"Despite the near-term challenges, I am no less optimistic about our ability to drive our strategic priorities against the favorable industry megatrends,” says Goodyear's Rich Kramer.

"Despite the near-term challenges, I am no less optimistic about our ability to drive our strategic priorities against the favorable industry megatrends,” says Goodyear's Rich Kramer.

Goodyear Tire & Rubber Co. suffered decreases in net income, net sales, operating income and tire unit volume in the second quarter of 2017 compared to the second quarter of 2016.

Goodyear posted net income of $147 million on net sales of nearly $3.7 billion for the second quarter ended June 30, 2017. That compares to income of $202 million on sales of more than $3.8 billion for the same period last year.

The company's income-to-sales ratio was 4% for 2Q 2017, down from 5.2% in 2Q '16. Goodyear says the 5% decrease in net sales was "largely attributable to lower tire unit volume, partially offset by improved price/mix."

Segment operating income was down 32%, from $531 million to $361 million. It was also down in all three of Goodyear's business units.

“Our second quarter results reflect the impact of volatile raw material costs and an increasingly challenging competitive environment, particularly in the United States and Europe,” says Richard Kramer, chairman, CEO and president. “In addition to higher raw material costs, we have seen a weakening in OE and consumer replacement demand across many of our key markets during the first half, despite strong underlying industry fundamentals.

"The combination of these factors has led to a highly unusual first-half environment, particularly given the favorable trends in miles driven, gasoline prices and unemployment that are generally supportive of our industry.

“In light of the challenging global marketplace in the first half of 2017, we have lowered our segment operating income expectations for the remainder of the year,” says Kramer. “Despite the near-term challenges, I am no less optimistic about our ability to drive our strategic priorities against the favorable industry megatrends.”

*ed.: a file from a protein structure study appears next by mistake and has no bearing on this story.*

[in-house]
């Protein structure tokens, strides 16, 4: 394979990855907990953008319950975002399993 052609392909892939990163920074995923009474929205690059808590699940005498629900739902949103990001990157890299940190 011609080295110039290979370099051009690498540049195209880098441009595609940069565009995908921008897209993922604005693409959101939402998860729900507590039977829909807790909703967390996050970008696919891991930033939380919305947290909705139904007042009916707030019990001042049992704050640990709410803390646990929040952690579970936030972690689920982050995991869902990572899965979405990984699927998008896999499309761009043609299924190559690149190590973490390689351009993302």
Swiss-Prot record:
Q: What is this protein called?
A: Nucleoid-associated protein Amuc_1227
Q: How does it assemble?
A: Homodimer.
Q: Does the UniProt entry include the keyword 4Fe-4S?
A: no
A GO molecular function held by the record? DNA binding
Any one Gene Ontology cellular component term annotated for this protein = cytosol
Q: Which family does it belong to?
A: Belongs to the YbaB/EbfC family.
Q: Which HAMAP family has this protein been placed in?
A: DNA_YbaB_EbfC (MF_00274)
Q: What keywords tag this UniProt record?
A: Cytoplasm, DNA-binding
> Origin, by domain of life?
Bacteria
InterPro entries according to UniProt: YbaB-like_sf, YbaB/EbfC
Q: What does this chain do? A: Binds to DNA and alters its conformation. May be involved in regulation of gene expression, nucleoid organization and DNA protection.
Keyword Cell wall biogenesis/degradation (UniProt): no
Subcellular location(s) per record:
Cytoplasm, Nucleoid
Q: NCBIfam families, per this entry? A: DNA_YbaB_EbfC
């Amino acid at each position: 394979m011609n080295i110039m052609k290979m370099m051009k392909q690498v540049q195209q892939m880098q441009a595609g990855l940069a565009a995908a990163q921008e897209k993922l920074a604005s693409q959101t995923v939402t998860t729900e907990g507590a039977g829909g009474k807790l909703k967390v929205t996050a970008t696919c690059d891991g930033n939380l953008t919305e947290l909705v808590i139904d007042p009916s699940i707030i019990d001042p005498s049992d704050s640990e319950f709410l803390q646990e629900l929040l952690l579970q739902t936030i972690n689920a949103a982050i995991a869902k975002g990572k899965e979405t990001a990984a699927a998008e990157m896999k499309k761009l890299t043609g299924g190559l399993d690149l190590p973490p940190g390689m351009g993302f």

Global tire unit volumes totaled 37.4 million, down 10% from 2016, broken out as follows:

Replacement: down 11%.

Original equipment: down 8%.

Unit sales were down 9% in the Americas Business Unit and 15.5% in the Europe, Middle East and Africa. They remained unchanged in the Asia Pacific Business Unit.

In the Americas, replacement tire shipments were down 8%. Goodyear says the drop was mainly due to lower volumes in 16-inch-and-below rim diameter tires in the U.S., which were the result of increased competition. OE unit volume was down 12%, driven by lower auto production.

For the first six months of 2017, Goodyear recorded net income of $313 million on net sales of nearly $7.4 billion. That compares to income of $386 million on sales of more than $7.5 billion for the first half of fiscal 2016. Operating income was down 21.4%, from $950 million to $746 million.

Tire unit volumes were down 6.7%, from 83 million to 77.4 million. Replacement tire shipments were down 6%, which Goodyear says was a reflection of increased competition. OE unit volume was down 8%, driven by lower auto production.

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